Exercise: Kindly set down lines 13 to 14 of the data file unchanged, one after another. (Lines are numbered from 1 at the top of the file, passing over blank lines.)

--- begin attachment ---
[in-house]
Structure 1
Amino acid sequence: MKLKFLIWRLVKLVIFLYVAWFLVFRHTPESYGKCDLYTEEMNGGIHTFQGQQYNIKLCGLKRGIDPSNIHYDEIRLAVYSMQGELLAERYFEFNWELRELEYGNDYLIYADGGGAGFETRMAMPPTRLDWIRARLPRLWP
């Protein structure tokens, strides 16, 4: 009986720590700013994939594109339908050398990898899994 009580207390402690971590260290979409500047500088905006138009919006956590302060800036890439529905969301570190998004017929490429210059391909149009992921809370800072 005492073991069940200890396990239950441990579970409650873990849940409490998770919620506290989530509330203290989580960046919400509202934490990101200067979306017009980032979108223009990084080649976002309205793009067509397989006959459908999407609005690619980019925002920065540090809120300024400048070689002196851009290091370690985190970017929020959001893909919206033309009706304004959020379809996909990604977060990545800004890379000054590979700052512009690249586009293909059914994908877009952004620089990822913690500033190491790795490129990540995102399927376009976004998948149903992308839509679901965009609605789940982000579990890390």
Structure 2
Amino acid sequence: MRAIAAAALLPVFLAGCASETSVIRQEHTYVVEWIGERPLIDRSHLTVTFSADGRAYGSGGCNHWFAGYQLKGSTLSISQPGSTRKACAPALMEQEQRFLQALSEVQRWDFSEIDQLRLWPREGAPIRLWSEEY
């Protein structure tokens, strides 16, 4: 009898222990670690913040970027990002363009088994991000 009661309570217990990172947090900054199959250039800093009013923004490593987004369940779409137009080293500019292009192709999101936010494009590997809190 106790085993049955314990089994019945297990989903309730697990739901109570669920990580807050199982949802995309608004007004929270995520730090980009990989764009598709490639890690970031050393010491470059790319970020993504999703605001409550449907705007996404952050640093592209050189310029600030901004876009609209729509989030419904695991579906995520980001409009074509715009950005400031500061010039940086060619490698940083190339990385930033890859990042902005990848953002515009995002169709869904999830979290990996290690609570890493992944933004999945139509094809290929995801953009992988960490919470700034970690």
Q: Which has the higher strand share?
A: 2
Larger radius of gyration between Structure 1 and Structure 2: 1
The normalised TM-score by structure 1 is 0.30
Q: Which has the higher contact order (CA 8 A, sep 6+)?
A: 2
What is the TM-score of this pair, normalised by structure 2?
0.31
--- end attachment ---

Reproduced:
A: 2
What is the TM-score of this pair, normalised by structure 2?